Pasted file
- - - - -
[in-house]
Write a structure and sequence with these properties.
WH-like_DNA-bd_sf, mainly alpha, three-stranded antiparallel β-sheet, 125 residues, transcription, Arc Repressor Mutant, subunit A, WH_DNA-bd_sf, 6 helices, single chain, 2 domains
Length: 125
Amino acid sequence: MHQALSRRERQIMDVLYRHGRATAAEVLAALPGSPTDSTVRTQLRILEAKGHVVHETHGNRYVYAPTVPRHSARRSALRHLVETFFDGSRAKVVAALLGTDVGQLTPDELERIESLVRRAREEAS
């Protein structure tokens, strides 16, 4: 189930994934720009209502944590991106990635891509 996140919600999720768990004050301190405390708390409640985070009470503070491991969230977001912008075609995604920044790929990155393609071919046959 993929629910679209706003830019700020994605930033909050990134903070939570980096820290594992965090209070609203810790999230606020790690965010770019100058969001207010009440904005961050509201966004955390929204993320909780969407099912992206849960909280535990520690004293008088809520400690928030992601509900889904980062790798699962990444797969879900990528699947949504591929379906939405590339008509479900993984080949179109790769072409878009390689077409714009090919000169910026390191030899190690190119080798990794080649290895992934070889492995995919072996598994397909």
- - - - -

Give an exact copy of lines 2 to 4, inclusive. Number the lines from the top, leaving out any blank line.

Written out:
Write a structure and sequence with these properties.
WH-like_DNA-bd_sf, mainly alpha, three-stranded antiparallel β-sheet, 125 residues, transcription, Arc Repressor Mutant, subunit A, WH_DNA-bd_sf, 6 helices, single chain, 2 domains
Length: 125